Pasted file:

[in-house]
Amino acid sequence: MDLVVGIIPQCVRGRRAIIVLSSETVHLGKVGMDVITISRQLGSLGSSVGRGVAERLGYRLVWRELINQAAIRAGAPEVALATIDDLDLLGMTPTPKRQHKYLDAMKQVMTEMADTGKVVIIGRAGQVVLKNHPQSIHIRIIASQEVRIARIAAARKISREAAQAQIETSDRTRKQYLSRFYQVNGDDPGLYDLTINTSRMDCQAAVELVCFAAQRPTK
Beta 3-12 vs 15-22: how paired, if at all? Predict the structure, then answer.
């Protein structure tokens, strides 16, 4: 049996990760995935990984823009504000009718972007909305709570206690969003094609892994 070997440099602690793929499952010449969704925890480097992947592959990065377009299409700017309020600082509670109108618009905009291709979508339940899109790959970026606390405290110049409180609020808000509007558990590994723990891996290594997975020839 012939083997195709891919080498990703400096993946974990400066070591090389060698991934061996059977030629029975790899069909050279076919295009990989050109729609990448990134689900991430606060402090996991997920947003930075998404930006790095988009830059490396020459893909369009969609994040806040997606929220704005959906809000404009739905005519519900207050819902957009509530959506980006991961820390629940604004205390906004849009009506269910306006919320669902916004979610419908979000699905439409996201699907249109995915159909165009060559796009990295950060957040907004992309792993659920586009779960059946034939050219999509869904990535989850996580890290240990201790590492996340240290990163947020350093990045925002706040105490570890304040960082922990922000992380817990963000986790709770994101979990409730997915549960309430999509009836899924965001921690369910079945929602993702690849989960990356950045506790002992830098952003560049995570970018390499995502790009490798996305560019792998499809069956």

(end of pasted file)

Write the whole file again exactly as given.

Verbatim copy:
[in-house]
Amino acid sequence: MDLVVGIIPQCVRGRRAIIVLSSETVHLGKVGMDVITISRQLGSLGSSVGRGVAERLGYRLVWRELINQAAIRAGAPEVALATIDDLDLLGMTPTPKRQHKYLDAMKQVMTEMADTGKVVIIGRAGQVVLKNHPQSIHIRIIASQEVRIARIAAARKISREAAQAQIETSDRTRKQYLSRFYQVNGDDPGLYDLTINTSRMDCQAAVELVCFAAQRPTK
Beta 3-12 vs 15-22: how paired, if at all? Predict the structure, then answer.
């Protein structure tokens, strides 16, 4: 049996990760995935990984823009504000009718972007909305709570206690969003094609892994 070997440099602690793929499952010449969704925890480097992947592959990065377009299409700017309020600082509670109108618009905009291709979508339940899109790959970026606390405290110049409180609020808000509007558990590994723990891996290594997975020839 012939083997195709891919080498990703400096993946974990400066070591090389060698991934061996059977030629029975790899069909050279076919295009990989050109729609990448990134689900991430606060402090996991997920947003930075998404930006790095988009830059490396020459893909369009969609994040806040997606929220704005959906809000404009739905005519519900207050819902957009509530959506980006991961820390629940604004205390906004849009009506269910306006919320669902916004979610419908979000699905439409996201699907249109995915159909165009060559796009990295950060957040907004992309792993659920586009779960059946034939050219999509869904990535989850996580890290240990201790590492996340240290990163947020350093990045925002706040105490570890304040960082922990922000992380817990963000986790709770994101979990409730997915549960309430999509009836899924965001921690369910079945929602993702690849989960990356950045506790002992830098952003560049995570970018390499995502790009490798996305560019792998499809069956």